business news in context, analysis with attitude

• Numerous published reports say that investor and shareholder groups are pushing for Wal-Mart’s board of directors to open an independent probe into the retailer’s surveillance activities, some of which came to light after the company fired a security employee for illegally taping phone calls between its staff and a New York Times reporter. Once fired, that employee then told the Wall Street Journal about some of the other activities in which he was involved – including monitoring the private discussions of the board of directors after CEO Lee Scott was asked to leave the room.

• The Salt Lake Tribune reports on how Wal-Mart is working to be more of an online presence, and has “rolled out is new ‘[Site to Store’ service throughout Utah. The service allows customers to order products online at and have them shipped for free to a nearby Wal-Mart store.” According to the story, “most of the products available on the Web site are unavailable in most stores.”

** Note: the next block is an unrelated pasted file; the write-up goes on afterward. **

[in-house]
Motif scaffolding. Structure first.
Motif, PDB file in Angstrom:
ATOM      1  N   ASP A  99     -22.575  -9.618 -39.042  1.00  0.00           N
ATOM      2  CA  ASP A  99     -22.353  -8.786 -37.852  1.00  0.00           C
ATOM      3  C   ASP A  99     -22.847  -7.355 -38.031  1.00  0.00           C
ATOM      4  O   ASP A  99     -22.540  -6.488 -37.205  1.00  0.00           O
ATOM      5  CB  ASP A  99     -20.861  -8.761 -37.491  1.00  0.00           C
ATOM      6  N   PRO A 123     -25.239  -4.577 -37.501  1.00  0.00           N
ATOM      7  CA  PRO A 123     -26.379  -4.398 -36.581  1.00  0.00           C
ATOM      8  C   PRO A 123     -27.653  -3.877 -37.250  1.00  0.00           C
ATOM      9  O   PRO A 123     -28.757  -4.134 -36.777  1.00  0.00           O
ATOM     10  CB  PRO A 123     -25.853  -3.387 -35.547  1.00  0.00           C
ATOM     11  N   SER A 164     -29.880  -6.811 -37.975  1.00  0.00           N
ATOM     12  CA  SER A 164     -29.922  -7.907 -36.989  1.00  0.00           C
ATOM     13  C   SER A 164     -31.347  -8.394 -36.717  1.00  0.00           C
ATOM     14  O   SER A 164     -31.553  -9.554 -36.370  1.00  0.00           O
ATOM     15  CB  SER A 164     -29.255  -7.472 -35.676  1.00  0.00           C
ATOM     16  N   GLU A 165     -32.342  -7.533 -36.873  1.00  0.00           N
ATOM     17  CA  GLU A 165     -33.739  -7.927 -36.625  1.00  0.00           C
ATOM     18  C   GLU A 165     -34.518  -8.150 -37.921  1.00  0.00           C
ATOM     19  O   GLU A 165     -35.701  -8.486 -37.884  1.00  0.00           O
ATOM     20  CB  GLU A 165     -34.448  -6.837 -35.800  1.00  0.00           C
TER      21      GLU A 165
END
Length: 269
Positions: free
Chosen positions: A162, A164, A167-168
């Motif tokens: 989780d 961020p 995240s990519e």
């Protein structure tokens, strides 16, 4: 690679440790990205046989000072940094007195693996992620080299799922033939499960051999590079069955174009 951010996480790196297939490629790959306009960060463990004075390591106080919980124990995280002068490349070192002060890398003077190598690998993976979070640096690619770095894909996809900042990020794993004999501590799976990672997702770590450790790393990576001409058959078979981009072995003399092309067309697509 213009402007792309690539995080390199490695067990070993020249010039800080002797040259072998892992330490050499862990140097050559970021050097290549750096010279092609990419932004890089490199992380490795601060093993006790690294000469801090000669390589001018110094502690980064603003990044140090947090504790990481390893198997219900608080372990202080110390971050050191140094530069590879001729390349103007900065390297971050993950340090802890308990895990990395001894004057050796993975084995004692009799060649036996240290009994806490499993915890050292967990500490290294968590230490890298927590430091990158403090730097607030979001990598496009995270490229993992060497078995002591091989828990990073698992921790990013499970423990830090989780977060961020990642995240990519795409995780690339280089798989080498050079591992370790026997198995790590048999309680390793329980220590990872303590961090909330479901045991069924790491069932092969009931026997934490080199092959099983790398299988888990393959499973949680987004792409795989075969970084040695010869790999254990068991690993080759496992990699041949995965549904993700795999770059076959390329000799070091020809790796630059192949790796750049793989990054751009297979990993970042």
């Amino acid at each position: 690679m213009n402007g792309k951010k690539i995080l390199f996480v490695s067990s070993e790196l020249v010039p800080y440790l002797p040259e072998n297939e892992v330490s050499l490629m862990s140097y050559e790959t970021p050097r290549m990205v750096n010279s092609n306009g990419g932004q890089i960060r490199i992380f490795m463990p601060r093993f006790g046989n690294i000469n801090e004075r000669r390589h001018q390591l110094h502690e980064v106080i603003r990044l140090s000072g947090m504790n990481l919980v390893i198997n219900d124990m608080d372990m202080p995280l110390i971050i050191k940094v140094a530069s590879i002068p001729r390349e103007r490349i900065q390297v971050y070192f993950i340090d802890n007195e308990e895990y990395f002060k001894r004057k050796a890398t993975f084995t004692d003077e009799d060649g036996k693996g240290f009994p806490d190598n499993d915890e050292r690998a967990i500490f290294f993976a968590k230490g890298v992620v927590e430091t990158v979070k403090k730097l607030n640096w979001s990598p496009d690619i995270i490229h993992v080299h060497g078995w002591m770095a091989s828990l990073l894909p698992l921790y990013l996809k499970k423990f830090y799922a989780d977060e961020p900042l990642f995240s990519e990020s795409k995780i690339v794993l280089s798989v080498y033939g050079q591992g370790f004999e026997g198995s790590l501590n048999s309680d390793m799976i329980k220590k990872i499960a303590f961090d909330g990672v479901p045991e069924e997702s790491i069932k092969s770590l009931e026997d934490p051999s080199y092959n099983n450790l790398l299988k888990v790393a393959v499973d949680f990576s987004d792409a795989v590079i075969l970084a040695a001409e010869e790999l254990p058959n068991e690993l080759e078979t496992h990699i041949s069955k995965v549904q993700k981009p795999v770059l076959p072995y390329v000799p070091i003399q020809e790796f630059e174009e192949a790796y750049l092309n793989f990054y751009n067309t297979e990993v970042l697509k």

• The Chicago Tribune reports that while Wal-Mart has managed to get its first store open in Chicago, it remains to be seen whether another one will open anytime soon. Much will depend on this week’s City Council elections, which will determine the shape and inclinations of that legislative body.

The Tribune says that Wal-Mart has eight sites upon which it would like to build stores…and now is just waiting to see if it has a friendly City Council with which to do business. It won’t be easy, though – Chicago is a union town, and organized labor is assiduously anti-Wal-Mart.

USA Today reports this morning that when the Fortune 500 rankings come out today, Wal-Mart will regain the top spot, which it had achieved in 2002 but lost to ExxonMobil in 2006.
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